Where, and when, is Tanzania? In conventional terms, economically it is in desperate need of modernisation – for many the epitome of ‘backwardness’ –in short, anything but modern. Politically meanwhile, affairs are comfortably but inexplicably modern, characterised by an embrace of nationalistic democratic politics and the rejection of religious, racial and ethnic politics. Indeed these latter qualities of Tanzanian politics have long inspired what Ali Mazrui diagnosed as ‘Tanzaphilia’ whilst the former provide ample material for ‘Afro-pessimism’. This puzzle increasingly attracts attention, recently from no less a figure than Francis Fukuyama (2014; cf Mamdani 2012). So is Tanzania modern, with all the analytical abilities that classical social theory supposedly confers on us? Or rather is it high time to reject modernity as a Eurocentric parlour game?
Integrating international relations into a historical sociology of Tanzania I seek a ‘third-way’. Emphasising the diversity of its international relations (alongside ‘the west’, was African liberation and relations with China from Mao to Xi) this re-reading explains the emergence of what I call “Citizen-peasants” that analytically and politically recombine the economic and political spheres, providing a much better basis for understanding Tanzania. This emphasises the need for recasting modernity as flexible (fissile,) and a reading that takes Tanzania seriously in theoretical and historical terms, rejecting the self-imposed limitations of narratives of ‘success’ and ‘failure’.
Darius A’Zami is a PhD Candidate in the Department of International Relations, University of Sussex.
Sahil Dutta//International Relations//25th of March 2015//3-4pm//Arts C133
This is the story of one of America’s great radicals. A revolutionary, a geek and one of the most important anti-establishment heroes in post-war capitalism. His name is Michael Milken. He’s also financial criminal, Republican and at one time the most sought-after investment banker in the world. The reason I want to tell you Milken’s story is that I think he has given us a blueprint for how we should think about resistance in financialised capitalism.
Sahil Dutta is writing a thesis on the financialisation of the British economy. It’s more fun than it sounds.
Thomas Martin//International Relations//20th of March 2015//1-2 pm//Arts C133
The war on terror has been a catalyst for a series of transformations in how security comes to be understood and governed in the UK. Central to this has been the development of a new counter-terrorism strategy, CONTEST. Prevent, one of the four pillars of CONTEST, has proved the most controversial aspect of the strategy. It asks a very particular question: how can we stop people becoming terrorists? In seeking to answer this problematic, processes of ‘radicalisation’ have attained a centrality. Yet this is a dubious response. Crucially, threat is seen to emerge within spaces and subjects deemed to be disassociated from a normalised ‘Britishness’.
I wish to therefore demonstrate two central mechanisms through which particular identities, values and politics become understood as signifiers of potential future danger, informing a series of interventions at the level of both the individual, through the Channel project, and the community, through the broader ideals of community cohesion. In so doing, we can make explicit an economy of visibility that illuminates particular subjects and spaces as requiring mediation in the present and we can highlight how Prevent has become an important site through which the British inside is (re)constituted and domestic order is secured.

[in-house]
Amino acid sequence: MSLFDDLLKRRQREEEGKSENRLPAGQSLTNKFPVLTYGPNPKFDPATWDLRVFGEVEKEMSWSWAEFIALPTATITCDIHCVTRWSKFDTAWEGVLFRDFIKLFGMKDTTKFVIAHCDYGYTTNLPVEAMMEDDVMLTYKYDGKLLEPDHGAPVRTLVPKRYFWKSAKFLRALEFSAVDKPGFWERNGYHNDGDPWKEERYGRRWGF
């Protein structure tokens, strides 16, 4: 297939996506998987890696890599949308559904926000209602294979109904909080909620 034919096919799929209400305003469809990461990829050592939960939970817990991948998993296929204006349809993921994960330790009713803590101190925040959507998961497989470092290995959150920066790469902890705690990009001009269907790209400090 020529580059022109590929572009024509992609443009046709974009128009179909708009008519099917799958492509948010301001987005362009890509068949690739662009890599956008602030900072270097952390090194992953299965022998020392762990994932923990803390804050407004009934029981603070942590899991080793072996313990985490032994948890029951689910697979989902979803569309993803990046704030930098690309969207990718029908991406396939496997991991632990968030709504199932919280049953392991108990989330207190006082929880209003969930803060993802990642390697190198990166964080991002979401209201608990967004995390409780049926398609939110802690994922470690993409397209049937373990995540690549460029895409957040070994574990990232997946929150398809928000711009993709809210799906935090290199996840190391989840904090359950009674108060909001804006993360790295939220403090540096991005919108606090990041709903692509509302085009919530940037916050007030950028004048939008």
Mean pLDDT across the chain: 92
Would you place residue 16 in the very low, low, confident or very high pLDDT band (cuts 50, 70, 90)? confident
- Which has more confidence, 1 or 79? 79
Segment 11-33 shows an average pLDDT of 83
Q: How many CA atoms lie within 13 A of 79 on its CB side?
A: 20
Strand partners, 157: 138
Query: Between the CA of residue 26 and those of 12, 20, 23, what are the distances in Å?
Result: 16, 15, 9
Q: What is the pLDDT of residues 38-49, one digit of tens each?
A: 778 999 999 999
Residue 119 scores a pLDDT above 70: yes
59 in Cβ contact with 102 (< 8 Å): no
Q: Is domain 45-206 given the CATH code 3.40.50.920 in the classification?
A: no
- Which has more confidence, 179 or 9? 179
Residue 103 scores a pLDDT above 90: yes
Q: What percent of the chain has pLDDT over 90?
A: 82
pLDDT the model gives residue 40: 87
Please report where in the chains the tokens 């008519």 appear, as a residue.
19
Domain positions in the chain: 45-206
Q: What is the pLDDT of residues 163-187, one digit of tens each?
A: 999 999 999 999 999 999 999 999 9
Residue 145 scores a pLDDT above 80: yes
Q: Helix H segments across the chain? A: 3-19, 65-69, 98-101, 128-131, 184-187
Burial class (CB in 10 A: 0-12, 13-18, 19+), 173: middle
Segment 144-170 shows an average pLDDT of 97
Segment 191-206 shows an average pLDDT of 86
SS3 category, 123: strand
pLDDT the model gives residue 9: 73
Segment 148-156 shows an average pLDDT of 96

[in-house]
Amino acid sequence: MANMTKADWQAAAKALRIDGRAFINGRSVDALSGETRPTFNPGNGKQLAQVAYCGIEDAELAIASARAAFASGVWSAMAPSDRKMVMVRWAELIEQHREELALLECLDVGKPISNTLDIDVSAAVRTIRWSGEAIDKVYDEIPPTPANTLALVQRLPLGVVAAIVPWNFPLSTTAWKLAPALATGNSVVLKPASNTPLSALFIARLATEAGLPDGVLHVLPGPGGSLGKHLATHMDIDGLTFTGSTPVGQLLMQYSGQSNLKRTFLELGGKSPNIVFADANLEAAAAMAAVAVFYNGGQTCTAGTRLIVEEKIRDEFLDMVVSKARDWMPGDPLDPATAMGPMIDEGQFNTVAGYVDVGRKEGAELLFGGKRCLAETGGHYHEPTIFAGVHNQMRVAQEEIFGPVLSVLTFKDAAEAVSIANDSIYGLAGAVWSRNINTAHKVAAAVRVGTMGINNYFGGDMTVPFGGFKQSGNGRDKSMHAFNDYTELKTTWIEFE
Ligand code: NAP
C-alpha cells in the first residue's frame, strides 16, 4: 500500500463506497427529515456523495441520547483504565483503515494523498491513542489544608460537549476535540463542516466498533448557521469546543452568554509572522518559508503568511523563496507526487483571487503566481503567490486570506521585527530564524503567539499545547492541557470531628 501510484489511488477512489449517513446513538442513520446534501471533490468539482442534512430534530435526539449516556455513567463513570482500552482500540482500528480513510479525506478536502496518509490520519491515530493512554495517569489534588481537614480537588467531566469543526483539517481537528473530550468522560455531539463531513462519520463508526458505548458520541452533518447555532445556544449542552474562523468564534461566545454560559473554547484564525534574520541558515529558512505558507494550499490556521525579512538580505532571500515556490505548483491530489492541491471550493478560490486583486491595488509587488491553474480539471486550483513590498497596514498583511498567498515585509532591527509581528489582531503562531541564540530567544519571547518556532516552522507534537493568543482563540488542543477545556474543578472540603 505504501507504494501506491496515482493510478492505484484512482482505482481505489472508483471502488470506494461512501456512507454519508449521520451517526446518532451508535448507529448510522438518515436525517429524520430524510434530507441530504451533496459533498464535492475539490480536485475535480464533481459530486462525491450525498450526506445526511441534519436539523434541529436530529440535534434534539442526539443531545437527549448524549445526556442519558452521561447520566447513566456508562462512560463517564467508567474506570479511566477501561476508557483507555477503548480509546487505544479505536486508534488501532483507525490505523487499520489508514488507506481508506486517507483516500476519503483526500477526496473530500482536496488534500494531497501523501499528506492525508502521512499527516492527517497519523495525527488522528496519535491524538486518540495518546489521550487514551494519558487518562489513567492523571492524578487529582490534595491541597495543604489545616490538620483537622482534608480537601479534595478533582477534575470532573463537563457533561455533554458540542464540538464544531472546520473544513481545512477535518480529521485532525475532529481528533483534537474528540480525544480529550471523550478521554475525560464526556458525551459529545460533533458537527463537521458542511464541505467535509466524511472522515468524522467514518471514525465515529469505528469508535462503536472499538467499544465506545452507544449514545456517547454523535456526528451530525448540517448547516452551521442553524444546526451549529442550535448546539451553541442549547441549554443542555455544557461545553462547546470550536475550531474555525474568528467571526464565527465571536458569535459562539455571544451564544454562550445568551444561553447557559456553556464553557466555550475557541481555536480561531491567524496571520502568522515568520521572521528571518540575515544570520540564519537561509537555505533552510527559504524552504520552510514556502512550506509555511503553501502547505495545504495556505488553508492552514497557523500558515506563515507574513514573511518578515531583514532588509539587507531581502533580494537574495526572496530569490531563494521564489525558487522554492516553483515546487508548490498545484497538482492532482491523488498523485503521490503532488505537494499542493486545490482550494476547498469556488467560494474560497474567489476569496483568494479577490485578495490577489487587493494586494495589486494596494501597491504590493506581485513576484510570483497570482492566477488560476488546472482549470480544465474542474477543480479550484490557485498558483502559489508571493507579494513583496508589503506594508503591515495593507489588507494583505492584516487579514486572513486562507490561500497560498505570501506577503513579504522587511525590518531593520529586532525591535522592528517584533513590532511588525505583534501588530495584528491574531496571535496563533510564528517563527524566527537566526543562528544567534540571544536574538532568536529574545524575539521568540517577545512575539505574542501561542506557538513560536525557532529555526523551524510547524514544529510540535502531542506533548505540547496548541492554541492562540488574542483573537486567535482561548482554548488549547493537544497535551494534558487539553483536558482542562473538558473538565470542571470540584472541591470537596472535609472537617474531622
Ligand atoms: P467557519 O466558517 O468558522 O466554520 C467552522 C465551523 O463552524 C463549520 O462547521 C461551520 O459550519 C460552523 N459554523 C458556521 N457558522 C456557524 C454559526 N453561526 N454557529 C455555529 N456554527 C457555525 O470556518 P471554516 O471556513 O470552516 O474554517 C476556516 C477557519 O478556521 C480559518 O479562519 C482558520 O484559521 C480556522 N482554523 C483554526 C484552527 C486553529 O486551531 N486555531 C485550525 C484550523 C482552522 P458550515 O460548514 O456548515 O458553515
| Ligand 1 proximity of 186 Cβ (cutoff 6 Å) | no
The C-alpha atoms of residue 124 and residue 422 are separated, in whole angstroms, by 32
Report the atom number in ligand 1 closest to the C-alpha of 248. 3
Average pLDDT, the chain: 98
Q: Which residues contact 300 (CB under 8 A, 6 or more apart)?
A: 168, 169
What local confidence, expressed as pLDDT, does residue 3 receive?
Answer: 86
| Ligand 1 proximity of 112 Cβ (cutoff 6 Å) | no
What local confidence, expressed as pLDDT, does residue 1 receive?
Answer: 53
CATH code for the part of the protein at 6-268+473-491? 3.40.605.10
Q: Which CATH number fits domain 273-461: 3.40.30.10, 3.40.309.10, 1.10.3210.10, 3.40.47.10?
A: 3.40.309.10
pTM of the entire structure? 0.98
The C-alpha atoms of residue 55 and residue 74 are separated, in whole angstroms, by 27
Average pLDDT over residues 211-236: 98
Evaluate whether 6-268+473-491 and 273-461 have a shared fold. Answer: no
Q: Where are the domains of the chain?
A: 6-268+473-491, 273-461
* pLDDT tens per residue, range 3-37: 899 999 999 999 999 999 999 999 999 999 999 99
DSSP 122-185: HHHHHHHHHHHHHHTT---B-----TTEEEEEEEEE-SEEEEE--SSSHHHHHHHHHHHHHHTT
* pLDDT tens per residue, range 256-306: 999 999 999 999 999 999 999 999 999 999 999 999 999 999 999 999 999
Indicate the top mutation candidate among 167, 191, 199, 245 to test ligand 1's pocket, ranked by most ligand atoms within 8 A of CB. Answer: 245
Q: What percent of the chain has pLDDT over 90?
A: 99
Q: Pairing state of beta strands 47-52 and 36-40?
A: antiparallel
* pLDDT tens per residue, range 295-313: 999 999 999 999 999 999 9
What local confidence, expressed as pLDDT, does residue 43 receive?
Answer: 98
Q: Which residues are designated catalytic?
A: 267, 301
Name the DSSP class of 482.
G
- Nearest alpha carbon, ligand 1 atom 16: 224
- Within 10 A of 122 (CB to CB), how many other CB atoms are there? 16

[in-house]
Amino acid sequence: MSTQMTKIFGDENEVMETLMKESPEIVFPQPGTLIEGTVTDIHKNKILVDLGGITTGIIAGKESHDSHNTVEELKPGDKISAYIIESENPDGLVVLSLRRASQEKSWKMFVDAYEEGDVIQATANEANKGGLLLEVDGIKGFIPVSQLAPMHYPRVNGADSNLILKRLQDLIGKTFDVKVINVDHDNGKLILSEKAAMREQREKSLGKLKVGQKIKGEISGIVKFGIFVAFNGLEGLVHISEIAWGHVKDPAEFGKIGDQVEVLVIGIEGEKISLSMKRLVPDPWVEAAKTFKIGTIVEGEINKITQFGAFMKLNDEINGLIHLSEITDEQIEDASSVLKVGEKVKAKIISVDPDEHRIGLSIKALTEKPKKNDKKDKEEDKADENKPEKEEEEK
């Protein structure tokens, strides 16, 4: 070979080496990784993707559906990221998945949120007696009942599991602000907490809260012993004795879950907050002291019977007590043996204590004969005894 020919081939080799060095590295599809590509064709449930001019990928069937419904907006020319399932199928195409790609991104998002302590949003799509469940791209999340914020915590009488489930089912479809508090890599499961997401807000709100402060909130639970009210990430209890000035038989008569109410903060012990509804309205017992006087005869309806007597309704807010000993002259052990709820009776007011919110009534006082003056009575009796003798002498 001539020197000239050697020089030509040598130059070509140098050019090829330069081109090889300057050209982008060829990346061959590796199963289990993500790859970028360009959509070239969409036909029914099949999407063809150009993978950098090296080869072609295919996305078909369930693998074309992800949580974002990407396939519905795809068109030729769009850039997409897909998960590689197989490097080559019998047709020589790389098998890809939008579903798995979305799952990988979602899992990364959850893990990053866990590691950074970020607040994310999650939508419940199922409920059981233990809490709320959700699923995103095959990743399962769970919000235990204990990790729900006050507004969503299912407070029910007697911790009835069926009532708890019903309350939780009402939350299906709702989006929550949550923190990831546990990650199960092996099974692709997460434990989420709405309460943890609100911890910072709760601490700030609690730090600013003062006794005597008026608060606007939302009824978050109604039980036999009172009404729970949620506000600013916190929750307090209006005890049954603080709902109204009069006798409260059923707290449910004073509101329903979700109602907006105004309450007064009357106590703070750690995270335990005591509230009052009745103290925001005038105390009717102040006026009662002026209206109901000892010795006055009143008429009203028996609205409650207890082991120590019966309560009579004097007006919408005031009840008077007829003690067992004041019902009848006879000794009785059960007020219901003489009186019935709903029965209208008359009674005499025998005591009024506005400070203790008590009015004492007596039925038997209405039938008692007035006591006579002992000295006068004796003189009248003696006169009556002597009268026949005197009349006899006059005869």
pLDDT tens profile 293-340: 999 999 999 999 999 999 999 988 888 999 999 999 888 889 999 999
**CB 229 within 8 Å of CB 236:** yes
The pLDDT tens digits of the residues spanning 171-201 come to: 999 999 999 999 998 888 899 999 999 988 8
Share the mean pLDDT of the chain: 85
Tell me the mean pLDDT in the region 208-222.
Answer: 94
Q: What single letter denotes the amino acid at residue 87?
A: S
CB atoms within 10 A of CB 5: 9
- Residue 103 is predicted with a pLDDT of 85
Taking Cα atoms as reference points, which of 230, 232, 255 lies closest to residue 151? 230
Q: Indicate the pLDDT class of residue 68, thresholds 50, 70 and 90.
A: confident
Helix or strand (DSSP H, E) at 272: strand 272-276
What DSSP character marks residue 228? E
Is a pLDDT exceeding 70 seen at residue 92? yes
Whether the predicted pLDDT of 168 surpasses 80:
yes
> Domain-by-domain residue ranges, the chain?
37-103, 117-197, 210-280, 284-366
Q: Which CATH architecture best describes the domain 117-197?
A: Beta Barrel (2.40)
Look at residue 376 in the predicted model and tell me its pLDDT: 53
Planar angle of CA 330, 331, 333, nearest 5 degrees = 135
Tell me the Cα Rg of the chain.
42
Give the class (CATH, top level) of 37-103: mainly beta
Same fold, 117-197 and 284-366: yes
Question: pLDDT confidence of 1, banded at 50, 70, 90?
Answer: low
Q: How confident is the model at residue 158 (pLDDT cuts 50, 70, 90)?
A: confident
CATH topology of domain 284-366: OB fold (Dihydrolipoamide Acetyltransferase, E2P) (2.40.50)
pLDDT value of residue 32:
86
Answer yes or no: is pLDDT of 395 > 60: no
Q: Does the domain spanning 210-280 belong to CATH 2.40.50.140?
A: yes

Thomas Martin is a 3rd year PhD candidate in the Department of International Relations.
Abraham Navarro Garcia//International Relations//11th of February 2015//3-4pm//Arts C133
The pandemic of influenza A (H1N1) in 2009-2010 tested pandemic preparedness at different levels of governance. Countries had the challenge to adapt international mechanisms of response to their specific epidemic situation. China is strategic for the question of influenza because of environmental and social conditions that are propitious for the surge of influenza viruses that may become pandemic. The reaction of the country to the pandemic involved extraordinary measures of inter-sectoral co-ordination that were supposed to counter the perceived existential threat of the disease. This research focuses on the analysis of discourses in online media in the country where this framing of the disease as a security question occurred. The suggested focus is inspired by securitization, an approach that pays attention to those who claim the existence of security issues, the perceived threats, the social groups or elements that are allegedly threatened and the audiences of these discourses. The main argument to develop is that discourses that emphasise or temper the level of emergency of the referred threat coexist. Being aware of this coexistence helps understand securitization as a process where simultaneous issues gain or lose relevance as the health crisis evolves. Identifying continuities and variations in the extremity of the emergency contributes to a comprehensive analysis of the framing and “de-framing” of the pandemic as a health security crisis.
Abraham Navarro García does research on global health in China. His interest in that country started with his M.A. on Chinese Studies in El Colegio de México, an institution of advanced research in the social sciences. His professional experience includes lecturing in the National University of Mexico and research activities for The Center of Asian and African Studies in El Colegio de México (2010-2) and the Department of Political Science in the National Chengchi University in Taiwan (2012).